Turning to the F-117, Prins said that the current contracting method called Total System Sustainment Partnership (TSSP) is sustaining the U.S. Air Force’s small fleet of 51 aircraft while reducing total ownership cost by greater than 10 percent per year. “This highly incentive contract allows Lockheed Martin to manage the support for the aircraft, decrease support cost and then pass the savings on to the customer,” said Prins. Recognized as a U.S. Air Force acquisition reform award winner, TSSP is being considered as a model for other platform candidates. In fact, the U-2S program is studying a performance-based logistics contract option.
Prins said that due to extensive upgrades and modifications over the last 10 years, the U-2S is a modern reconnaissance workhorse. It is able to be quickly retasked to respond to changing requirements. During Operation Iraqi Freedom, the U-2S collected 88 percent of all battlefield imagery.
In discussing the C-130J, Prins reinforced the fact that the aircraft acquired some “real-world” combat experience when the Royal Air Force and the Italian Air Force operated the ‘J’ during Iraqi Freedom and Enduring Freedom with exceptional results. Prins reported that Lockheed Martin delivered 15 C-130Js on schedule in 2003 to both domestic and international customers. He also announced that reliability and maintainability demonstrations with the Royal Air Force over the past year provided higher maintenance performance statistics than ever predicted – mission availability rates of up to 95 percent.
Prins referred to the C-5 as a “national asset with proven performance”. He referenced numerous Air Force and industry studies that show there are many years of service remaining in the C-5 and modernization of the aircraft is the most cost-effective solution to preserving a robust national airlift capability. Lockheed Martin and the U.S. Air Force have embarked on a two-phased approach that will deliver a 10-fold improvement in avionics reliability and equip each aircraft with new, proven commercial engines. “We are embracing the challenge of extending service life of this cargo workhorse,” said Prins. “Modernization of the C-5 simply makes sense.”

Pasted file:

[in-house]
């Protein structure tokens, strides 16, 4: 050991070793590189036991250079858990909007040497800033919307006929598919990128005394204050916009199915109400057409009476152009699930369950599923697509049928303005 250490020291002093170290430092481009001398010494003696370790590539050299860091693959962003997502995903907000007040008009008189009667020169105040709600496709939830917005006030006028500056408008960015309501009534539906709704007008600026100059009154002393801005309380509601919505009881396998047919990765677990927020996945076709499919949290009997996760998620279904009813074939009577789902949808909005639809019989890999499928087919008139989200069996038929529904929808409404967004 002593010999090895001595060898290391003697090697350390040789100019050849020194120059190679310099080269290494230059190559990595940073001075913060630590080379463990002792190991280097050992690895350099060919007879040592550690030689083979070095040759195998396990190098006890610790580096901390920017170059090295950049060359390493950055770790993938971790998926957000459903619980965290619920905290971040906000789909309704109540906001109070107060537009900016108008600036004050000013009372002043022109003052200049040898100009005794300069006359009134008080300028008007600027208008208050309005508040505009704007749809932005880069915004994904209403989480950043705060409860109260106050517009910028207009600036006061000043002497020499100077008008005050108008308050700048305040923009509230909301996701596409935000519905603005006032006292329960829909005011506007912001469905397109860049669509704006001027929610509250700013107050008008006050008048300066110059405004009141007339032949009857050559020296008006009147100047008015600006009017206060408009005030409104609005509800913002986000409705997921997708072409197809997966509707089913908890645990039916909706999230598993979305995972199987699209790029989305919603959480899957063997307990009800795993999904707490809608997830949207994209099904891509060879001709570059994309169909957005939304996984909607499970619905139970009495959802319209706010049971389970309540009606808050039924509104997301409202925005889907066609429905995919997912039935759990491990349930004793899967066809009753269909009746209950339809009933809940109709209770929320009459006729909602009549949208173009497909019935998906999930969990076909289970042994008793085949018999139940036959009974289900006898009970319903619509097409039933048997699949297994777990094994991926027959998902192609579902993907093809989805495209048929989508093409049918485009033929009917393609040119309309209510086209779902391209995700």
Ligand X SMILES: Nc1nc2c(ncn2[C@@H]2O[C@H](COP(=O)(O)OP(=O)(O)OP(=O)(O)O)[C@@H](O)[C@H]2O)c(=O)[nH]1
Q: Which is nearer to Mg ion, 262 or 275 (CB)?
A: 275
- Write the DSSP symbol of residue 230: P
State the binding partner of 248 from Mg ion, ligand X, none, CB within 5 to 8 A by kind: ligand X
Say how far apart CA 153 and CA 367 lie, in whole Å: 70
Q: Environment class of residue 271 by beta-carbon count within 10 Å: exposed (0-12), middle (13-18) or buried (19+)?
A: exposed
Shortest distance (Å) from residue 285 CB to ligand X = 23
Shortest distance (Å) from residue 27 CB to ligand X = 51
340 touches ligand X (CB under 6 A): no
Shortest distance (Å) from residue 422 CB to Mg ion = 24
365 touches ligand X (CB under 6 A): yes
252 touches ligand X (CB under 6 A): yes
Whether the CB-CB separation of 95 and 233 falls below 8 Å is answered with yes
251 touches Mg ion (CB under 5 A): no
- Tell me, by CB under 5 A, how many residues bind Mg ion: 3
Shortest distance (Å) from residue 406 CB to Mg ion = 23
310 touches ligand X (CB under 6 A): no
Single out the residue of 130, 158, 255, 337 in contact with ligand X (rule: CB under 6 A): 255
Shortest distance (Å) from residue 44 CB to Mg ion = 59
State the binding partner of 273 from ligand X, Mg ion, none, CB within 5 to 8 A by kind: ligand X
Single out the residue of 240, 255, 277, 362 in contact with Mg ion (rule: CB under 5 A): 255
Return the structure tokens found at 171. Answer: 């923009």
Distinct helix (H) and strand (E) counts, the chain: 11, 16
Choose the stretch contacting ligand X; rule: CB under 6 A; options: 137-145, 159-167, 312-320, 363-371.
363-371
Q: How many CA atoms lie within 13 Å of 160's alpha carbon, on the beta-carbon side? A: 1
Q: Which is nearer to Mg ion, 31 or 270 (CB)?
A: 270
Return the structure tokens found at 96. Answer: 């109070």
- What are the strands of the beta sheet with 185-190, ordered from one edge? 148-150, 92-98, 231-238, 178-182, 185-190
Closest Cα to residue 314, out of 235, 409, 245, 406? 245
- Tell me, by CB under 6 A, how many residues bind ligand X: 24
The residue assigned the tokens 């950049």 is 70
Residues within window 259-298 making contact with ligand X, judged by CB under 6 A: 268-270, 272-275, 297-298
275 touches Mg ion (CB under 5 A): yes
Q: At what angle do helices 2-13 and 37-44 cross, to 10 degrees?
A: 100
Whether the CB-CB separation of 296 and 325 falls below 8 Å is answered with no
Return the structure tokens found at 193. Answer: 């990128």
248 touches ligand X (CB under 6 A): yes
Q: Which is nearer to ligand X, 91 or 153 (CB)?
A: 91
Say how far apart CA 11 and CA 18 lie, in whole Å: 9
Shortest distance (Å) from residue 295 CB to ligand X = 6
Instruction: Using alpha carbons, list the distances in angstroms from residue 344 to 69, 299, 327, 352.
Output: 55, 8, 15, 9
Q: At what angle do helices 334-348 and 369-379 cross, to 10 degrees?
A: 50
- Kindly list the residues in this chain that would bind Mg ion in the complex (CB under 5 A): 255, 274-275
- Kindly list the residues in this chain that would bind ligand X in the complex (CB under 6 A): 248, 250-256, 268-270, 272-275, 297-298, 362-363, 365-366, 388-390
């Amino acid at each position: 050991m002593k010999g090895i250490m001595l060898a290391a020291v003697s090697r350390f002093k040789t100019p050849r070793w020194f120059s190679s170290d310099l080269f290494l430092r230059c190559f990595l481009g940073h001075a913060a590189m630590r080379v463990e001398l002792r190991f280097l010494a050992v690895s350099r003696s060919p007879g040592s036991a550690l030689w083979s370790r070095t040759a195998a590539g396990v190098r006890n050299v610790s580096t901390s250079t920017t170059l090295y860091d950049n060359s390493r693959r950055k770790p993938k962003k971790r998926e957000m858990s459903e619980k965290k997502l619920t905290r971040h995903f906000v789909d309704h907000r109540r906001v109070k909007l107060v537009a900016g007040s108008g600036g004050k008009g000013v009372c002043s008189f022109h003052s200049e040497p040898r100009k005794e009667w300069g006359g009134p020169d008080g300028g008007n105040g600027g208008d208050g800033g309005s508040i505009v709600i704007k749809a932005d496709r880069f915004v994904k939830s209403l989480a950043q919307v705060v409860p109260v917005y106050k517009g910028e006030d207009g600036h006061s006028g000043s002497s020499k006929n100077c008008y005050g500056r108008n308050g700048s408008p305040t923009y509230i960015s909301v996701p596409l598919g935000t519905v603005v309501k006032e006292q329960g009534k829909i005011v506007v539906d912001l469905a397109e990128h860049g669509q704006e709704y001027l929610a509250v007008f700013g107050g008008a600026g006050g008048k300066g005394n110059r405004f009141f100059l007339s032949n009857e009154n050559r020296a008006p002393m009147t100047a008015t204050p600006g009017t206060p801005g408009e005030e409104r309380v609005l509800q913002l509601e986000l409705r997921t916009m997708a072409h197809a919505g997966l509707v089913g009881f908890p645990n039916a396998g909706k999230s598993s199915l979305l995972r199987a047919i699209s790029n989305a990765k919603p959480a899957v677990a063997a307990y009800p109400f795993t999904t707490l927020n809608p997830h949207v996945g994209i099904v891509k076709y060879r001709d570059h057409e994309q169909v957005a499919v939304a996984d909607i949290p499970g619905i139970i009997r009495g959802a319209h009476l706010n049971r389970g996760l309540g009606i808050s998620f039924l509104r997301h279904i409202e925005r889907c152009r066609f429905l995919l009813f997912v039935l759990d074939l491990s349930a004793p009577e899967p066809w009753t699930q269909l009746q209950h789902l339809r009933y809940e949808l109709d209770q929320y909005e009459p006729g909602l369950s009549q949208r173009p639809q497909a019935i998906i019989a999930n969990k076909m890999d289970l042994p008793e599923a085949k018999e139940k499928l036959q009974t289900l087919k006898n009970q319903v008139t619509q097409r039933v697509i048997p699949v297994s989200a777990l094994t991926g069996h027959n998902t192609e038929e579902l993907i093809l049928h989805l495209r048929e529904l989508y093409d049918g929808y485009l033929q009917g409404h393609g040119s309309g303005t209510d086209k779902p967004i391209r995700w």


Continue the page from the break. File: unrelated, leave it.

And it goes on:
Prins discussed Lockheed Martin’s efforts in developing integrated warfare technology. “We have invested our own funds to support the Government’s network integration requirements,” he said. “Our efforts are primarily focused in two systems – the Mission Battle Management System (MBMS) and the Operational Battle Management System (OBMS). The two systems work together enabling dynamic battle management that can reduce timelines for planning, decision- making and execution from days and hours to minutes and seconds.” The systems were successfully tested in November with a Capstone event using live and simulated aircraft.
Finally, Prins described the Advanced Development Products division as the “front end” of the company’s business, including the technology development, integration and strategy for new weapon systems. “ADP is an incubator for developing and prototyping new concepts,” Prins explained. “Tomorrow’s systems will not be stand-alone; they must function as components of an integrated warfare system. We are developing architectural-based systems methodologies to meet the war fighters’ needs founded on the U.S. DOD architecture framework. We have key capabilities that we are applying to a range of concepts including low observable technologies, information technologies, rapid prototyping and manufacturing, survivability applications and high altitude operations. Much of our work is performed behind closed doors – it’s the nature of our business.”
Lockheed Martin Aeronautics Co., a business area of Lockheed Martin, is a leader in the design, research and development, systems integration, production and support of advanced military aircraft and related technologies. Its customers include the military services of the United States and allied countries throughout the world. Products include the F-16, F/A-22, F-35 JSF, F-117, C-5, C-130, C-130J, P-3, S-3 and U-2. The company produces major components for the F-2 fighter, and is a co-developer of the C27J tactical transport and T-50 advanced jet trainer.